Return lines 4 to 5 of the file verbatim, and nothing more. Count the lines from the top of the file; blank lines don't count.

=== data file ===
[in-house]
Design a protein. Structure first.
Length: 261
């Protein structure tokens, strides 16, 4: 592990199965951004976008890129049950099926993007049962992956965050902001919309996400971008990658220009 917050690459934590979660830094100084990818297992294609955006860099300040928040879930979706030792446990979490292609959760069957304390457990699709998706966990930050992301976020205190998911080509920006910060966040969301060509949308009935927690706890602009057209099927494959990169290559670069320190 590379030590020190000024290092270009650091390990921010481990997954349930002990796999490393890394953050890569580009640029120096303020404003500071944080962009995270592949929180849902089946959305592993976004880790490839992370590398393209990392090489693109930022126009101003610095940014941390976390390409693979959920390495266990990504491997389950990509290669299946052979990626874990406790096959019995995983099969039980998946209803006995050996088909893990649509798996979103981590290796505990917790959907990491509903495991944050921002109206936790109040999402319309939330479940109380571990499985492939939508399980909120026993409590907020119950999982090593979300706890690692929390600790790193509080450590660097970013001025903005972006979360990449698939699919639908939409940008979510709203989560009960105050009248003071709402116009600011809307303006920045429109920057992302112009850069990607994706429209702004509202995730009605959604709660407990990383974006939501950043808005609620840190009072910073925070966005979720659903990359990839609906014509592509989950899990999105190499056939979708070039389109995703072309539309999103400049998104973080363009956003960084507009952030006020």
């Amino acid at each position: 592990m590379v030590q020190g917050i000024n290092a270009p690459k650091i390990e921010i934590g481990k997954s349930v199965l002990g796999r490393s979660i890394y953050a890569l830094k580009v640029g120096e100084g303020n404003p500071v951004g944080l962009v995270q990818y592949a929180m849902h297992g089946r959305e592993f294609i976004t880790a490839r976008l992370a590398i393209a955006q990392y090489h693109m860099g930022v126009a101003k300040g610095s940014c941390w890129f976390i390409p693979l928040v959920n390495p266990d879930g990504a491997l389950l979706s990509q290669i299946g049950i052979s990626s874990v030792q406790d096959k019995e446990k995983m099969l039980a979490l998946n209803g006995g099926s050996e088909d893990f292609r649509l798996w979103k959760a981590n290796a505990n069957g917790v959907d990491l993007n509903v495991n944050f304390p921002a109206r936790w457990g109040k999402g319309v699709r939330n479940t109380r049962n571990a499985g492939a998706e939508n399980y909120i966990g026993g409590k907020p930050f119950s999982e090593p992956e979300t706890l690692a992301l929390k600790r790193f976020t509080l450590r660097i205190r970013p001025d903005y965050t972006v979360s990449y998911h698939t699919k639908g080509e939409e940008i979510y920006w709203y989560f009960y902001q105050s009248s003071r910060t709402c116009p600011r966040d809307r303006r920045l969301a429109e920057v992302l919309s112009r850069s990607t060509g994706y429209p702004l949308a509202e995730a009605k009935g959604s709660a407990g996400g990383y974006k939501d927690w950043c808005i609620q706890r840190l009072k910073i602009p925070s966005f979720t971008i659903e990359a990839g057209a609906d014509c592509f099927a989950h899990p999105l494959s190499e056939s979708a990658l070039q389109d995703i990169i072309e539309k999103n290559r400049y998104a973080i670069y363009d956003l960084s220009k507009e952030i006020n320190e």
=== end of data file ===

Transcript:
């Protein structure tokens, strides 16, 4: 592990199965951004976008890129049950099926993007049962992956965050902001919309996400971008990658220009 917050690459934590979660830094100084990818297992294609955006860099300040928040879930979706030792446990979490292609959760069957304390457990699709998706966990930050992301976020205190998911080509920006910060966040969301060509949308009935927690706890602009057209099927494959990169290559670069320190 590379030590020190000024290092270009650091390990921010481990997954349930002990796999490393890394953050890569580009640029120096303020404003500071944080962009995270592949929180849902089946959305592993976004880790490839992370590398393209990392090489693109930022126009101003610095940014941390976390390409693979959920390495266990990504491997389950990509290669299946052979990626874990406790096959019995995983099969039980998946209803006995050996088909893990649509798996979103981590290796505990917790959907990491509903495991944050921002109206936790109040999402319309939330479940109380571990499985492939939508399980909120026993409590907020119950999982090593979300706890690692929390600790790193509080450590660097970013001025903005972006979360990449698939699919639908939409940008979510709203989560009960105050009248003071709402116009600011809307303006920045429109920057992302112009850069990607994706429209702004509202995730009605959604709660407990990383974006939501950043808005609620840190009072910073925070966005979720659903990359990839609906014509592509989950899990999105190499056939979708070039389109995703072309539309999103400049998104973080363009956003960084507009952030006020």
């Amino acid at each position: 592990m590379v030590q020190g917050i000024n290092a270009p690459k650091i390990e921010i934590g481990k997954s349930v199965l002990g796999r490393s979660i890394y953050a890569l830094k580009v640029g120096e100084g303020n404003p500071v951004g944080l962009v995270q990818y592949a929180m849902h297992g089946r959305e592993f294609i976004t880790a490839r976008l992370a590398i393209a955006q990392y090489h693109m860099g930022v126009a101003k300040g610095s940014c941390w890129f976390i390409p693979l928040v959920n390495p266990d879930g990504a491997l389950l979706s990509q290669i299946g049950i052979s990626s874990v030792q406790d096959k019995e446990k995983m099969l039980a979490l998946n209803g006995g099926s050996e088909d893990f292609r649509l798996w979103k959760a981590n290796a505990n069957g917790v959907d990491l993007n509903v495991n944050f304390p921002a109206r936790w457990g109040k999402g319309v699709r939330n479940t109380r049962n571990a499985g492939a998706e939508n399980y909120i966990g026993g409590k907020p930050f119950s999982e090593p992956e979300t706890l690692a992301l929390k600790r790193f976020t509080l450590r660097i205190r970013p001025d903005y965050t972006v979360s990449y998911h698939t699919k639908g080509e939409e940008i979510y920006w709203y989560f009960y902001q105050s009248s003071r910060t709402c116009p600011r966040d809307r303006r920045l969301a429109e920057v992302l919309s112009r850069s990607t060509g994706y429209p702004l949308a509202e995730a009605k009935g959604s709660a407990g996400g990383y974006k939501d927690w950043c808005i609620q706890r840190l009072k910073i602009p925070s966005f979720t971008i659903e990359a990839g057209a609906d014509c592509f099927a989950h899990p999105l494959s190499e056939s979708a990658l070039q389109d995703i990169i072309e539309k999103n290559r400049y998104a973080i670069y363009d956003l960084s220009k507009e952030i006020n320190e």